“If the governor wants to truly be responsive to an emergency, he need not look beyond his home state. Communities across Ohio are in desperate need of additional resources to combat the growing opioid crisis that has already claimed an historic number of Ohio lives. First responders, treatment providers and local law enforcement have been stretched perilously thin by the opioid and heroin crisis, but so far the governor has refused to free up critical additional state resources by recognizing the crisis for the statewide emergency that it is.
State Rep. Nickie Antonio(D-Lakewood) today received The Center for Community Solutions Award for Public Service in Honor of John A. Begala for her efforts to address Ohio’s opioid addiction crisis and her work on the Joint Medicaid Oversight Committee to improve the rate of spending and quality of Medicaid care.
“I am extremely honored to accept this award from The Center for Community Solutions, an organization known for their dedicated efforts to improve the quality of life for all Ohioans,” said Antonio. “I will continue to work diligently to expand treatment opportunities for those struggling with addiction, ensure local law enforcement have adequate resources, and increase prevention programs to combat the ongoing opioid crisis in Ohio.”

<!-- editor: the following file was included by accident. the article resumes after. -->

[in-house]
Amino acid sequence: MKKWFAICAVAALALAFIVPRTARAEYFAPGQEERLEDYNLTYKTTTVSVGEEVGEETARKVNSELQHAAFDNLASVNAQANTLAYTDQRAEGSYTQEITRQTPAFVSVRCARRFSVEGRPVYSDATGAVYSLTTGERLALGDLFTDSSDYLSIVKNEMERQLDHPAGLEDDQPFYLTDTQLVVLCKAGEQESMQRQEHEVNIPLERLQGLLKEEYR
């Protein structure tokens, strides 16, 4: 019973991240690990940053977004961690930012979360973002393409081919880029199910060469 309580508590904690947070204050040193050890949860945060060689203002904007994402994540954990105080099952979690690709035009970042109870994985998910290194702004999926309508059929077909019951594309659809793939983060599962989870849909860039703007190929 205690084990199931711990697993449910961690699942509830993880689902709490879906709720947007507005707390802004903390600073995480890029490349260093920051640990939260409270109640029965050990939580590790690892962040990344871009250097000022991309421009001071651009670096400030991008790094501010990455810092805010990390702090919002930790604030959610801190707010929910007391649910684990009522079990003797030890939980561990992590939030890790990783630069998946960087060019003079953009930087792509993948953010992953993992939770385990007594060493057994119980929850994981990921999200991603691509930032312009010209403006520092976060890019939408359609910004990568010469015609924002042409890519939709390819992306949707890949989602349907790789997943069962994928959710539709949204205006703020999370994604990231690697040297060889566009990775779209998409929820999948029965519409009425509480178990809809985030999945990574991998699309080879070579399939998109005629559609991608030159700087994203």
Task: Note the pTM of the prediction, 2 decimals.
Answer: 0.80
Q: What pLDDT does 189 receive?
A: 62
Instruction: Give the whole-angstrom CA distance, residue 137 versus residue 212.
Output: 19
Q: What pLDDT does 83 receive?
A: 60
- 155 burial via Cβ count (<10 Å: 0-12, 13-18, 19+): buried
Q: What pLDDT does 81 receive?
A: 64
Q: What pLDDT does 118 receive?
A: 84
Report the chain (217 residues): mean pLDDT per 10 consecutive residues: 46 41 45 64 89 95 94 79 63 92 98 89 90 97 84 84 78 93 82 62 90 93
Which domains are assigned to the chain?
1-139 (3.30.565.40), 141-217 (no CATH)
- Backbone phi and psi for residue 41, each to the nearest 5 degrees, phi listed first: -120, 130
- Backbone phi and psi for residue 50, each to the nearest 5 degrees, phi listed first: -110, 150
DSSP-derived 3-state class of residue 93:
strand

State Rep. Kathleen Clyde (D-Kent) released the below statement in response to last night’s federal district court order rejecting Secretary of State Husted’s limited remedy for purged voters and implementing a solution that will allow more people to cast ballots in the November election:
"After a federal court of appeals found Secretary Husted had illegally purged voters, the secretary still tried to get the very stingiest remedy to his wrongdoing approved by the lower court. The court soundly rejected Husted's inadequate proposal," said Rep. Clyde. "Illegally purged voters will get to vote and have their votes counted in this historic election and that is a huge victory for the people of Ohio."